Put the same brand of old and new jar oil in two tubes and compare the smell and color of the oil. If the old oil is dark and there is a big difference, the hydraulic oil should be replaced. If the color does not change too much, it means that it is turbid, indicating that water or other non-essential oils must be heated and evaporated in the oil before they can continue to be used. If the color of the oil changes and the resistance is still transparent, you should consider whether it is mixed into other oils. It can be used with little difference in viscosity.
As the viscosity of the oil rises, the speed of the bubbles is inversely proportional to the same brand of hydraulic oil, new and old. Note that there are two identical tubes, the hand at the nozzle, a small amount of air duct, and the rise of the bubbles is inverted Speed comparison of two test tubes. At the same speed. The results show that the viscosity difference is not large enough to be used. Because the bubbles in the old oil rise too fast, it means that the viscosity is too low to continue using.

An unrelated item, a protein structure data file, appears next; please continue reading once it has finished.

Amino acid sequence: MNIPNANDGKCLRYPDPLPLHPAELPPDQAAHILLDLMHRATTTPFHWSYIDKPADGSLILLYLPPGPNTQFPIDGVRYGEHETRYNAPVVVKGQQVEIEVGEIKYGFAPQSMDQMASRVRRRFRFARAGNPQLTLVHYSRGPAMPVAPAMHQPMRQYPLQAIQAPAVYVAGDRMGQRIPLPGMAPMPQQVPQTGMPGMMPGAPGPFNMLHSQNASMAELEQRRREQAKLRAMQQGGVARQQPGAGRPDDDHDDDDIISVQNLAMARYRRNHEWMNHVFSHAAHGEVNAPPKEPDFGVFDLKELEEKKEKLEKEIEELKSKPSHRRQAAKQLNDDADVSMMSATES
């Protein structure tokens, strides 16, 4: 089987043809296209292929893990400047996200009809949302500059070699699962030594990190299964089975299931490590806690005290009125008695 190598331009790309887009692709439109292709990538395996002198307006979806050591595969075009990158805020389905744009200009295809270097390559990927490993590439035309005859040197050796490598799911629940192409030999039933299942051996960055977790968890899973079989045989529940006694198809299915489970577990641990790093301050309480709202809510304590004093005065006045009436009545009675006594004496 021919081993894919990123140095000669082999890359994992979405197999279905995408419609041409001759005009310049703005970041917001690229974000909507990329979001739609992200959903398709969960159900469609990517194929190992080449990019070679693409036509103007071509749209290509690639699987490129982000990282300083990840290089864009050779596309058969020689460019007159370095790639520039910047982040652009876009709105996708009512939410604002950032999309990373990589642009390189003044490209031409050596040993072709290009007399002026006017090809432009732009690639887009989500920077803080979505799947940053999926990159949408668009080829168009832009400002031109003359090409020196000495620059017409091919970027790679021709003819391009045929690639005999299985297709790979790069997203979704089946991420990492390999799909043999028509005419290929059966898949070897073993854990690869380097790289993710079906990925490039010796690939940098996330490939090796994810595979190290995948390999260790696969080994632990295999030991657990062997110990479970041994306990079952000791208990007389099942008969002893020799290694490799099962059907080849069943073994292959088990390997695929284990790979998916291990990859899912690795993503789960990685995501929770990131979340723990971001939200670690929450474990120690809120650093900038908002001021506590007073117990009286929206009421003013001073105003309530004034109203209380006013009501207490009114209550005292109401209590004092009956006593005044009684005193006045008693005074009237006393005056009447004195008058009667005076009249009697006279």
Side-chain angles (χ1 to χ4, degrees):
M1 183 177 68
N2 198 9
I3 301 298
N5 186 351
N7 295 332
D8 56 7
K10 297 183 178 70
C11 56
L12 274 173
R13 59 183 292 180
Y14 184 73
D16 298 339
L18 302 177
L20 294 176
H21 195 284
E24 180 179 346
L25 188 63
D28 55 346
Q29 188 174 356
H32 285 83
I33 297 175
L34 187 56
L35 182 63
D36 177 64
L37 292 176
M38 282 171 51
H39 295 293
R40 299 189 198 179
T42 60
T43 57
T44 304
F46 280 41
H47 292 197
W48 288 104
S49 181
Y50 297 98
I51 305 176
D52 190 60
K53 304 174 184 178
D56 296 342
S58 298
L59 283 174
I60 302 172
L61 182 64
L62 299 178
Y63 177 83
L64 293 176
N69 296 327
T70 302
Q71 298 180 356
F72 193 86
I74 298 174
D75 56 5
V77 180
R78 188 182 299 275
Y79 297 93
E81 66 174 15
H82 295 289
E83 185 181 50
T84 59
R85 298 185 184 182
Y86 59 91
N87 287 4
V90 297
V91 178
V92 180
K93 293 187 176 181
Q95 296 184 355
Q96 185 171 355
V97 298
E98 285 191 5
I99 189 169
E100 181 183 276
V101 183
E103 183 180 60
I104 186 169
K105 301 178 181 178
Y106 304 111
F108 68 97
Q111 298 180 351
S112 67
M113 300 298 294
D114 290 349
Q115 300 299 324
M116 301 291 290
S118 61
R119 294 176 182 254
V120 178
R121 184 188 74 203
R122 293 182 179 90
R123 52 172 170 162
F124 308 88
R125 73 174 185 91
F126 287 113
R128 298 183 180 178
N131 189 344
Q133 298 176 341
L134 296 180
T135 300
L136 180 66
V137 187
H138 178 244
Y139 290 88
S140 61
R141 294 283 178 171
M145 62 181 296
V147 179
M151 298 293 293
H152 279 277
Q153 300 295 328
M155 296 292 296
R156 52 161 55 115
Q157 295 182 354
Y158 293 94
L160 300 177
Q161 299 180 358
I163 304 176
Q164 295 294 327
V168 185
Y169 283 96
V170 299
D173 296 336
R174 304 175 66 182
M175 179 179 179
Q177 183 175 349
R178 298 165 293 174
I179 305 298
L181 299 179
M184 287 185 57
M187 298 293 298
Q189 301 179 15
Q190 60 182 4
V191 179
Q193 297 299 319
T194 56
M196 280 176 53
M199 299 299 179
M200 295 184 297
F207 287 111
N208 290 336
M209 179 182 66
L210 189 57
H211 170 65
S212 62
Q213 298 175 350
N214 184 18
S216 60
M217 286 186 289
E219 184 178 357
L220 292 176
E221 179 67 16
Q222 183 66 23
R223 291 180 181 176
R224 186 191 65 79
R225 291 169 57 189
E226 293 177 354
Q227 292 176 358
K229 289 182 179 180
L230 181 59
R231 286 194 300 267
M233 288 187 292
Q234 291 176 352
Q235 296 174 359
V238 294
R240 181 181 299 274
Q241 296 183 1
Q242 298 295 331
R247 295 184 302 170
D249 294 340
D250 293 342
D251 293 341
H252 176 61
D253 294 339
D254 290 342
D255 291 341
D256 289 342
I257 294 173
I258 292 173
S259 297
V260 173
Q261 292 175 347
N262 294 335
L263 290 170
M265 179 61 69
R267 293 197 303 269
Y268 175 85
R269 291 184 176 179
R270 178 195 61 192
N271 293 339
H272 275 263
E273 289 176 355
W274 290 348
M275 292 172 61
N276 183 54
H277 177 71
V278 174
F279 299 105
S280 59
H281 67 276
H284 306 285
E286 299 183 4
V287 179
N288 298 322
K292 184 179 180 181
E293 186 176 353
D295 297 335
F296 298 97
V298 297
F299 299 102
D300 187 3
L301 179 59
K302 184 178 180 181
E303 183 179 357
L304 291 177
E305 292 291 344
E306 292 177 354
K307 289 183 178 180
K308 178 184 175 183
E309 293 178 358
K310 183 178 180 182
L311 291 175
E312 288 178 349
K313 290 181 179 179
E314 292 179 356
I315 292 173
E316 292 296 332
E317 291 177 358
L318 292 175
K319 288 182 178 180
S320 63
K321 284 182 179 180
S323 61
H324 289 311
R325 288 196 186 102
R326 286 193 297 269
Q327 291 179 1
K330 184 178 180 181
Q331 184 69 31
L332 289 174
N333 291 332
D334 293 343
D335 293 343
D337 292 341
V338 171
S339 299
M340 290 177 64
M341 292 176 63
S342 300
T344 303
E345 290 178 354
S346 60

In a bright environment, the human eye observes light in the same clean test tube, allowing foreign particles above 40 μm to be resolved. The more dispersed the impurities, it means that the oil is very dirty and can be used in static precipitation filtration. If the oil is darker, you can also filter the dowry with filter paper. The method is to drop a drop of stirring oil drops on the filter paper. After the oil, dark solid particles indicate that there are many impurities and should not be used.
Take a small amount of hydraulic oil sample and burn it on a steel plate. If the oil burns silently, it means that the oil is normal; if there is a crack during burning, it means that the water must be evaporated and then used.